HONG KONG: Two fatal cases of Vibrio vulnificus infection investigated
Posted: June 26th, 2012 - 10:14am
Source: Centre for Health Protection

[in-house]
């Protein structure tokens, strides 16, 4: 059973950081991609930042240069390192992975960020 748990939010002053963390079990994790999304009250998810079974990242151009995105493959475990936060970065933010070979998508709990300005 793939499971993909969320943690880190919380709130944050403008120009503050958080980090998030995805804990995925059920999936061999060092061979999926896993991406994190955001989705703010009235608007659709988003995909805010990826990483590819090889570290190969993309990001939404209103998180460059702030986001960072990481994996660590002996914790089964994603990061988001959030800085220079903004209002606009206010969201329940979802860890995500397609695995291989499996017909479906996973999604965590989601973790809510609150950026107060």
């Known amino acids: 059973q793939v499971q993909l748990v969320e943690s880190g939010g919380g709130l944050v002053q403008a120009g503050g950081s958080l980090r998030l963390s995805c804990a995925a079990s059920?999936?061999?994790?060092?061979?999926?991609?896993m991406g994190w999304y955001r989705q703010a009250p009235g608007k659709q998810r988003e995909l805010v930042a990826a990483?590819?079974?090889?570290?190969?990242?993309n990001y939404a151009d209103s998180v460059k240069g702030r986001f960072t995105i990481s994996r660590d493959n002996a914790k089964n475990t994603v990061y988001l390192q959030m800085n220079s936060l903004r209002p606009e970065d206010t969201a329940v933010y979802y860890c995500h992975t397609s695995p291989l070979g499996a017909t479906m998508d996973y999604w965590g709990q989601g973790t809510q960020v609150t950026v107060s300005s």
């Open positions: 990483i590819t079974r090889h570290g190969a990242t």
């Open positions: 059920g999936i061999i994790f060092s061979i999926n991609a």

The Centre for Health Protection (CHP) of the Department of Health is investigating two fatal cases of Vibrio vulnificus infection, with one of them causing necrotising fasciitis (flesh-eating disease). The case of necrotising fasciitis caused by Vibrio vulnificus affected a 48-year-old man with underlying medical conditions who lived in Shenzhen. He presented with fever, pain and swelling in both legs since June 16. He attended the Accident and Emergency Department of Pok Oi Hospital on June 17 and was transferred to Tuen Mun Hospital on the same day. His clinical diagnosis was necrotising fasciitis and bilateral above-knee amputations were performed. His condition continued to deteriorate and he passed away yesterday (June 19). The patient's blood culture grew Vibrio vulnificus and his tissue and wound swabs also detected Vibrio vulnificus. His home contact was asymptomatic. The investigation is continuing. The case of Vibrio vulnificus infection involved a 61-year-old man with chronic illness who lived in Yuen Long. He developed fever since June 16 and loss of consciousness on June 17. He was admitted to Pok Oi Hospital on the same day. His condition deteriorated and he passed away on June 18. His blood specimen taken during his admission yielded Vibrio vulnificus. The CHP's investigation revealed that the patient had consumed raw mantis shrimp. His home contact was asymptomatic. The investigation is continuing. The two cases have been referred to the Coroner for further investigation. People are reminded to adopt the following measures to prevent necrotising fasciitis and Vibrio vulnificus infection: * Avoid exposure of open wounds or broken skin to seawater or salty water; * Wounds should be thoroughly cleaned and properly covered; * Wear thick rubber gloves when handling raw shellfish; * Cook seafood, especially shellfish (e.g. oysters, clams, mussels) thoroughly; and * For shellfish, boil until the shells open and avoid cross-contamination of ready-to-eat food with raw seafood. Patients should seek medical advice promptly if they develop symptoms and signs of infection such as increasing redness, pain and swelling.